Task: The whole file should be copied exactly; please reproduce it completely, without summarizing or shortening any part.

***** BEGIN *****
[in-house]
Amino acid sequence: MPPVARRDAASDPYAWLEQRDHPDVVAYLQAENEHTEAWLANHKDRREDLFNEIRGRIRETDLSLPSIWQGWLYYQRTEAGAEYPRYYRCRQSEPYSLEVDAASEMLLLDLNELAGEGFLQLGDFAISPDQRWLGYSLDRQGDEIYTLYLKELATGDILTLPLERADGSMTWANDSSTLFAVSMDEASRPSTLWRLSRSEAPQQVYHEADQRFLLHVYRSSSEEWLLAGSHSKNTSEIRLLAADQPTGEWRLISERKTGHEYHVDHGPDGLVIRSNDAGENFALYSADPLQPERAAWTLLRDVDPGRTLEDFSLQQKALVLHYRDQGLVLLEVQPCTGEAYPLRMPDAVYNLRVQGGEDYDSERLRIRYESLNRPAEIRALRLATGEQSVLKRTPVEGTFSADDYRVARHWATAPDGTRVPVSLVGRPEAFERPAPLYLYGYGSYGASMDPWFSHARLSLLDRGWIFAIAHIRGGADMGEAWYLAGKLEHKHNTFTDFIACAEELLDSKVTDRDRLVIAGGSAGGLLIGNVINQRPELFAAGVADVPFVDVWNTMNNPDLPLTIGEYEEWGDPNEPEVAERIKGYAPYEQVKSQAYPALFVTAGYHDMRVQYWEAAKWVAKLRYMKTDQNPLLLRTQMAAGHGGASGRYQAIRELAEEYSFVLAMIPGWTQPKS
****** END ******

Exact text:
[in-house]
Amino acid sequence: MPPVARRDAASDPYAWLEQRDHPDVVAYLQAENEHTEAWLANHKDRREDLFNEIRGRIRETDLSLPSIWQGWLYYQRTEAGAEYPRYYRCRQSEPYSLEVDAASEMLLLDLNELAGEGFLQLGDFAISPDQRWLGYSLDRQGDEIYTLYLKELATGDILTLPLERADGSMTWANDSSTLFAVSMDEASRPSTLWRLSRSEAPQQVYHEADQRFLLHVYRSSSEEWLLAGSHSKNTSEIRLLAADQPTGEWRLISERKTGHEYHVDHGPDGLVIRSNDAGENFALYSADPLQPERAAWTLLRDVDPGRTLEDFSLQQKALVLHYRDQGLVLLEVQPCTGEAYPLRMPDAVYNLRVQGGEDYDSERLRIRYESLNRPAEIRALRLATGEQSVLKRTPVEGTFSADDYRVARHWATAPDGTRVPVSLVGRPEAFERPAPLYLYGYGSYGASMDPWFSHARLSLLDRGWIFAIAHIRGGADMGEAWYLAGKLEHKHNTFTDFIACAEELLDSKVTDRDRLVIAGGSAGGLLIGNVINQRPELFAAGVADVPFVDVWNTMNNPDLPLTIGEYEEWGDPNEPEVAERIKGYAPYEQVKSQAYPALFVTAGYHDMRVQYWEAAKWVAKLRYMKTDQNPLLLRTQMAAGHGGASGRYQAIRELAEEYSFVLAMIPGWTQPKS